Sea of Solitude explores the effects of loneliness and isolation and how these feelings can alter people. Key to this premise is The Monster, a giant serpentine beast who patrols the seas, watching and waiting for our protagonist Kay to make one mistake and fall into the water. Once submerged, Kay must make a mad dash to reach dry land before The Monster catches up with her. Should she be caught, a terrifying cutscene will play out in which Kay is thrown straight into the mouth of the beast.
But The Monster’s tyranny doesn’t end there. Constantly goading and belittling Kay, even when she’s clambering over the island-like rooftops of the submerged cities she explores, The Monster uses the power of words just as much as it does its terrifying teeth. It’s a novel take on the need to preserve mental as well as physical safety, and one embodied by a suitably eerie antagonist.
4. The Devil – Cuphead
After making a deal with the Devil that backfires (who’d have guessed!), Cuphead and Mugman attempt to claim back their souls. While the majority of Cuphead focuses on the bosses you’ll take down during the main campaign, the Devil is the ultimate objective. And that’s just as well because, despite his promise to free Cuphead and Mugman following the defeat of enough bosses, The Devil eventually goes back on his word. Never saw that coming.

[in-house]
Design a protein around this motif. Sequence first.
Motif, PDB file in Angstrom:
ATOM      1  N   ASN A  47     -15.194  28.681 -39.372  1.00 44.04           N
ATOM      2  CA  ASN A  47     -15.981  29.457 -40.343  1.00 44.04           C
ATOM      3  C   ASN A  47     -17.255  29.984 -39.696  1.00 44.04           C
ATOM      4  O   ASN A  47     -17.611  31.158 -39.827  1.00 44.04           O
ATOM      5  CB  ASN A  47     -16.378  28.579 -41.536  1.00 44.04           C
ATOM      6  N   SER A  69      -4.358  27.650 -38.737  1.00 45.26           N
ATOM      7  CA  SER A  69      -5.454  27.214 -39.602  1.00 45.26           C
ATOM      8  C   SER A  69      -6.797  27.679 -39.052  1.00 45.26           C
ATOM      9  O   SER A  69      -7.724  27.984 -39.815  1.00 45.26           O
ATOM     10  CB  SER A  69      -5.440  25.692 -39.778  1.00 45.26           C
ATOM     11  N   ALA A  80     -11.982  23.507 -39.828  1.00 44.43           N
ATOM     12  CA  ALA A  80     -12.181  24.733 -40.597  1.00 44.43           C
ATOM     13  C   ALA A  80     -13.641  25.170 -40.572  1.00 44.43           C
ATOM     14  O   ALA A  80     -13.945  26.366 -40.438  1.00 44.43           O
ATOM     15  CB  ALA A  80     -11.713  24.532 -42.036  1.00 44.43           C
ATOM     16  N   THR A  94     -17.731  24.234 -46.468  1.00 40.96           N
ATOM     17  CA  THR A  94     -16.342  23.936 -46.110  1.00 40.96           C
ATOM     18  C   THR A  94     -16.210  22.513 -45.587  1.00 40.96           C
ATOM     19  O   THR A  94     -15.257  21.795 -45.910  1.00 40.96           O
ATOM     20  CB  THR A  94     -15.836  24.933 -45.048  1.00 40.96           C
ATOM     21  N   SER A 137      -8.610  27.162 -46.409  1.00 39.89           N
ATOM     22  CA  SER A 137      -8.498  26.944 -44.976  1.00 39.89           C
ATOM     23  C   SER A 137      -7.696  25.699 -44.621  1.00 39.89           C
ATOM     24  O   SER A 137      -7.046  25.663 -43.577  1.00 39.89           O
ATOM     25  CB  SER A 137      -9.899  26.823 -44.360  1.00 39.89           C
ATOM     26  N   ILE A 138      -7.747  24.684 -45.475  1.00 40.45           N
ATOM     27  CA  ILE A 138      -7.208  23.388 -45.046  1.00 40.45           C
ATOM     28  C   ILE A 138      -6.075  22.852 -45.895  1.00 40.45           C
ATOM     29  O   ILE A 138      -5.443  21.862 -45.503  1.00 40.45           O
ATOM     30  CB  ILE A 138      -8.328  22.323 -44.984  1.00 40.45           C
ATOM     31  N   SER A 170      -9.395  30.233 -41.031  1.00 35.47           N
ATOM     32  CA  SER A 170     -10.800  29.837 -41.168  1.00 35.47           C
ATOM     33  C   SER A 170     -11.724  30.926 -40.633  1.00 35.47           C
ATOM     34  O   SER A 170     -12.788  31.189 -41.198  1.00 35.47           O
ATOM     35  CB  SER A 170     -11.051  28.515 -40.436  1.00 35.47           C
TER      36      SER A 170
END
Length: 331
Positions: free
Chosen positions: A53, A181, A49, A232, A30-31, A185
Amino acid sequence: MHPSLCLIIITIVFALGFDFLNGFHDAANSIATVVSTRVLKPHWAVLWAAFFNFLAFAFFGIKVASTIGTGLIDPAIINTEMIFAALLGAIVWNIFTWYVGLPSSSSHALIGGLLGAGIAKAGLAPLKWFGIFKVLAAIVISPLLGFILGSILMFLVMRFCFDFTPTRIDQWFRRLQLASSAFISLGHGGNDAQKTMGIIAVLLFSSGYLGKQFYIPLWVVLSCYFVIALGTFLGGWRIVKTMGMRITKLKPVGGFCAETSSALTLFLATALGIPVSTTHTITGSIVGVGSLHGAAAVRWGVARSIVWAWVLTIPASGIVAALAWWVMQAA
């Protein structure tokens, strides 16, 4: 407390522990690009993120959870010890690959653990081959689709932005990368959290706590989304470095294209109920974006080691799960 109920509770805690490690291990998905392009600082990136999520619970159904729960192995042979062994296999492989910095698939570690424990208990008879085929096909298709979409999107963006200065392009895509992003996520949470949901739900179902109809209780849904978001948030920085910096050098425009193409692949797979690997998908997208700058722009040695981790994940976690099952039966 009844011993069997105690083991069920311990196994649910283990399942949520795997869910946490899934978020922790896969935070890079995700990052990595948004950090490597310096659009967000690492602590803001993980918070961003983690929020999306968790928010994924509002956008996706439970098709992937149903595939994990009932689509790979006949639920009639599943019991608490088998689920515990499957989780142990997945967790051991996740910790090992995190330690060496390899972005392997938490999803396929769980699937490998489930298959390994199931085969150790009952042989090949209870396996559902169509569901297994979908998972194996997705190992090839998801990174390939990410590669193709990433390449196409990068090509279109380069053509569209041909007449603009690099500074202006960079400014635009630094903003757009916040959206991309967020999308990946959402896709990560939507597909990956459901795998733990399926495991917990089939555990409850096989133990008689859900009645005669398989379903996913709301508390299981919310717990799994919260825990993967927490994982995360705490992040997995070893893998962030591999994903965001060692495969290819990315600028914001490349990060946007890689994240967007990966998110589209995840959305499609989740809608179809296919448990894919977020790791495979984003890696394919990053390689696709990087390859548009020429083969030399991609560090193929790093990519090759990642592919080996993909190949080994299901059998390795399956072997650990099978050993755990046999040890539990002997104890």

With his classical, cartoon villain looks and devious nature, the Devil is pretty darn unnerving. Worst of all is his wicked smile, animated to terrifying effect by the clever bods over at StudioMDHR. Pearly whites have never been so scary!
3. Mr Pinstripe – Pinstripe
Ex-minister Ted finds himself in something of a predicament when he ends up in Hell after chasing after his lost daughter and the strange man who kidnapped her. Mr Pinstripe is this strange man, and everything about him is disturbing. Wearing a black pinstriped suit and devoid of any facial features beyond his glowing yellow eyes and mouth, Mr Pinstripe’s appearance alone is enough to send shivers down your spine. However, it’s the eerie voice acting by Dick Terhune that really sells the creepiness of this villain.